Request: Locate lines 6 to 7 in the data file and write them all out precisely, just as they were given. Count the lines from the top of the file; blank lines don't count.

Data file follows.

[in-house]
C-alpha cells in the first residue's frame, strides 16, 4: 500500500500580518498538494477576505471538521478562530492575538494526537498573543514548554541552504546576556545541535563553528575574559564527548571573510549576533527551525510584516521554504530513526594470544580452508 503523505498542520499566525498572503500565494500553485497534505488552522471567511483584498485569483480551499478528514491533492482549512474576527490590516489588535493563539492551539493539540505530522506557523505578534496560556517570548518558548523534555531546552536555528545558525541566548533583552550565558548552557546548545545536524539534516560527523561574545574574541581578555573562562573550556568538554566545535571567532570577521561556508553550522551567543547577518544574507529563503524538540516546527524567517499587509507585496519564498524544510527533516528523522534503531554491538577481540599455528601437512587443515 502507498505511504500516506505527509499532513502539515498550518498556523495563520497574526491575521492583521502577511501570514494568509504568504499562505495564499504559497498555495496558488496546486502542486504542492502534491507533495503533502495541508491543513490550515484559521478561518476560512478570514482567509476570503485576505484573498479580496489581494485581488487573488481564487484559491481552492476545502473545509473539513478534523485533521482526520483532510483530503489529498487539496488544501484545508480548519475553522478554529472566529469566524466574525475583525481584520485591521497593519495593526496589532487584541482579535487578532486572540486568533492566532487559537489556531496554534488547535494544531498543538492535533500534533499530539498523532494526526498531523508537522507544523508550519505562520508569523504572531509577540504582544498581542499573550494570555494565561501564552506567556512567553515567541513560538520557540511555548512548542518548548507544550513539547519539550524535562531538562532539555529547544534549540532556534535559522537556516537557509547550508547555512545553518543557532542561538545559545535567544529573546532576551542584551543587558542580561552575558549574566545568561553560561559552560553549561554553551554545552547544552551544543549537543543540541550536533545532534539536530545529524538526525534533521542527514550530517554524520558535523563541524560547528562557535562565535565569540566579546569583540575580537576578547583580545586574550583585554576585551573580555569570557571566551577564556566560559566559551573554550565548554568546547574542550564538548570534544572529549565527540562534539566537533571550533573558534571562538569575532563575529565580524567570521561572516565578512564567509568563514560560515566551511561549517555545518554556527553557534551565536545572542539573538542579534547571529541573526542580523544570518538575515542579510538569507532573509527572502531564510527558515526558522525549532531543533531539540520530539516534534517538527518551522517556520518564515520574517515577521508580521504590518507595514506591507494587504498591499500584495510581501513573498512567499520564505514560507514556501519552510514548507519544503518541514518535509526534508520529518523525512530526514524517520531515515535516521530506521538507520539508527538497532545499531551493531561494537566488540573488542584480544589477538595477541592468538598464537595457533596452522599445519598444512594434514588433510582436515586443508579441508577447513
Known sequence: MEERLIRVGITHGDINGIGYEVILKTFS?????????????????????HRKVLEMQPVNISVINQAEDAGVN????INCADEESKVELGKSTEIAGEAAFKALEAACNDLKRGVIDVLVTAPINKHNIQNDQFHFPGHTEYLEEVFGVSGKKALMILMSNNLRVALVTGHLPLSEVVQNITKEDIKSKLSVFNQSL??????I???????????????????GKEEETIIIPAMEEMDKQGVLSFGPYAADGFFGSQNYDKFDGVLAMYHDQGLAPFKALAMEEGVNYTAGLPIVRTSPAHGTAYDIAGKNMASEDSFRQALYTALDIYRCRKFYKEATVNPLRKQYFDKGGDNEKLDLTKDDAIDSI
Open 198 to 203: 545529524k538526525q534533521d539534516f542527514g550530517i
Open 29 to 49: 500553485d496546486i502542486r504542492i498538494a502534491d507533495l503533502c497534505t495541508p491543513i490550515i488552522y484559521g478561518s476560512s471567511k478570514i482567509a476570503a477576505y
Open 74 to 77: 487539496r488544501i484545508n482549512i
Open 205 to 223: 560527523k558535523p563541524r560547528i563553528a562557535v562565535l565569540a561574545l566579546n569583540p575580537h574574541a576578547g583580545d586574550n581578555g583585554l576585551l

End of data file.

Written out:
Open 74 to 77: 487539496r488544501i484545508n482549512i
Open 205 to 223: 560527523k558535523p563541524r560547528i563553528a562557535v562565535l565569540a561574545l566579546n569583540p575580537h574574541a576578547g583580545d586574550n581578555g583585554l576585551l